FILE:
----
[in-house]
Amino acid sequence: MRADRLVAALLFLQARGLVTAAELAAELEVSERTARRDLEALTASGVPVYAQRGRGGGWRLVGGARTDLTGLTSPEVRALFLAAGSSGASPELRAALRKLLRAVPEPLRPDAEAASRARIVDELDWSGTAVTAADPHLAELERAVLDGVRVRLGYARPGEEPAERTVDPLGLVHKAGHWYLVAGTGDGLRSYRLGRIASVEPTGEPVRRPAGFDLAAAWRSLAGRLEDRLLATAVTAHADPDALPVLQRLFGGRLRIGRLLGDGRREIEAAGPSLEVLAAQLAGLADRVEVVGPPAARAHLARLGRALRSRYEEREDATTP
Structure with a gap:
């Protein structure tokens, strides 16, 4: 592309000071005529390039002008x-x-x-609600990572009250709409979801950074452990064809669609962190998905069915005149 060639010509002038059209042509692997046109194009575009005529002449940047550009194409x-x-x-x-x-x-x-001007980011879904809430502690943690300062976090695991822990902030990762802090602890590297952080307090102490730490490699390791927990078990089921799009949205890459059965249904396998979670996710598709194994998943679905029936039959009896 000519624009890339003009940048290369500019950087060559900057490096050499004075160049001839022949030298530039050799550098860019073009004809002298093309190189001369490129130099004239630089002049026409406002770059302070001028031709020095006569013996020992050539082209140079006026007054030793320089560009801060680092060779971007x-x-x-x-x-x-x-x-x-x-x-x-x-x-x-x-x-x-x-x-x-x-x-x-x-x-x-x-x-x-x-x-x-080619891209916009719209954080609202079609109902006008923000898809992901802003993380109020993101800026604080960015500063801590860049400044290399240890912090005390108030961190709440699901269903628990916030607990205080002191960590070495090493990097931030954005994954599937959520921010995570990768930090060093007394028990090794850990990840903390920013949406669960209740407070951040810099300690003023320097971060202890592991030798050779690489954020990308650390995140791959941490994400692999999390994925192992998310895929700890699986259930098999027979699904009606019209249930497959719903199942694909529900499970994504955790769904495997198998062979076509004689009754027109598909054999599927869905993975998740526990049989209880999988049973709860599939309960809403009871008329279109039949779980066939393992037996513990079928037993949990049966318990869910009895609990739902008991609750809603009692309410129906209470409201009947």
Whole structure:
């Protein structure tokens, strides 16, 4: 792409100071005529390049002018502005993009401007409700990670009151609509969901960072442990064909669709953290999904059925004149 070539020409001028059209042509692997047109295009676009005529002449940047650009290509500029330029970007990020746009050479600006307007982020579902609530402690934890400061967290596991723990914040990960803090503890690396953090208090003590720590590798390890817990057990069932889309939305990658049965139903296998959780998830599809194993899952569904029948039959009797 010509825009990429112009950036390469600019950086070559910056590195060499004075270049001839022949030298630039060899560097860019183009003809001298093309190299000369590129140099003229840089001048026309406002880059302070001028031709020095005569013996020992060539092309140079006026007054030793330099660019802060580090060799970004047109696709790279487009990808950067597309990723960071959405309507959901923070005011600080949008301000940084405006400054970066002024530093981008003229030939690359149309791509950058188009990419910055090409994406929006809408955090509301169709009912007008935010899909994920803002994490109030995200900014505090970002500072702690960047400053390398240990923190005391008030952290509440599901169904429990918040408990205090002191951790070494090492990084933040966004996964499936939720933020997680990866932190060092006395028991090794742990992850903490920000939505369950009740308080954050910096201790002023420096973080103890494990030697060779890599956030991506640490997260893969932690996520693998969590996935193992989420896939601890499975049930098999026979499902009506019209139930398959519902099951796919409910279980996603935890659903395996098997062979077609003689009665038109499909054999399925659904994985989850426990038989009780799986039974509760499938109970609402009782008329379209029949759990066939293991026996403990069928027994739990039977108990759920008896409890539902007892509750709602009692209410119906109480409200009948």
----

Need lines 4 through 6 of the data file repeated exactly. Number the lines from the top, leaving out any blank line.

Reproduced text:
């Protein structure tokens, strides 16, 4: 592309000071005529390039002008x-x-x-609600990572009250709409979801950074452990064809669609962190998905069915005149 060639010509002038059209042509692997046109194009575009005529002449940047550009194409x-x-x-x-x-x-x-001007980011879904809430502690943690300062976090695991822990902030990762802090602890590297952080307090102490730490490699390791927990078990089921799009949205890459059965249904396998979670996710598709194994998943679905029936039959009896 000519624009890339003009940048290369500019950087060559900057490096050499004075160049001839022949030298530039050799550098860019073009004809002298093309190189001369490129130099004239630089002049026409406002770059302070001028031709020095006569013996020992050539082209140079006026007054030793320089560009801060680092060779971007x-x-x-x-x-x-x-x-x-x-x-x-x-x-x-x-x-x-x-x-x-x-x-x-x-x-x-x-x-x-x-x-x-080619891209916009719209954080609202079609109902006008923000898809992901802003993380109020993101800026604080960015500063801590860049400044290399240890912090005390108030961190709440699901269903628990916030607990205080002191960590070495090493990097931030954005994954599937959520921010995570990768930090060093007394028990090794850990990840903390920013949406669960209740407070951040810099300690003023320097971060202890592991030798050779690489954020990308650390995140791959941490994400692999999390994925192992998310895929700890699986259930098999027979699904009606019209249930497959719903199942694909529900499970994504955790769904495997198998062979076509004689009754027109598909054999599927869905993975998740526990049989209880999988049973709860599939309960809403009871008329279109039949779980066939393992037996513990079928037993949990049966318990869910009895609990739902008991609750809603009692309410129906209470409201009947």
Whole structure:
């Protein structure tokens, strides 16, 4: 792409100071005529390049002018502005993009401007409700990670009151609509969901960072442990064909669709953290999904059925004149 070539020409001028059209042509692997047109295009676009005529002449940047650009290509500029330029970007990020746009050479600006307007982020579902609530402690934890400061967290596991723990914040990960803090503890690396953090208090003590720590590798390890817990057990069932889309939305990658049965139903296998959780998830599809194993899952569904029948039959009797 010509825009990429112009950036390469600019950086070559910056590195060499004075270049001839022949030298630039060899560097860019183009003809001298093309190299000369590129140099003229840089001048026309406002880059302070001028031709020095005569013996020992060539092309140079006026007054030793330099660019802060580090060799970004047109696709790279487009990808950067597309990723960071959405309507959901923070005011600080949008301000940084405006400054970066002024530093981008003229030939690359149309791509950058188009990419910055090409994406929006809408955090509301169709009912007008935010899909994920803002994490109030995200900014505090970002500072702690960047400053390398240990923190005391008030952290509440599901169904429990918040408990205090002191951790070494090492990084933040966004996964499936939720933020997680990866932190060092006395028991090794742990992850903490920000939505369950009740308080954050910096201790002023420096973080103890494990030697060779890599956030991506640490997260893969932690996520693998969590996935193992989420896939601890499975049930098999026979499902009506019209139930398959519902099951796919409910279980996603935890659903395996098997062979077609003689009665038109499909054999399925659904994985989850426990038989009780799986039974509760499938109970609402009782008329379209029949759990066939293991026996403990069928027994739990039977108990759920008896409890539902007892509750709602009692209410119906109480409200009948």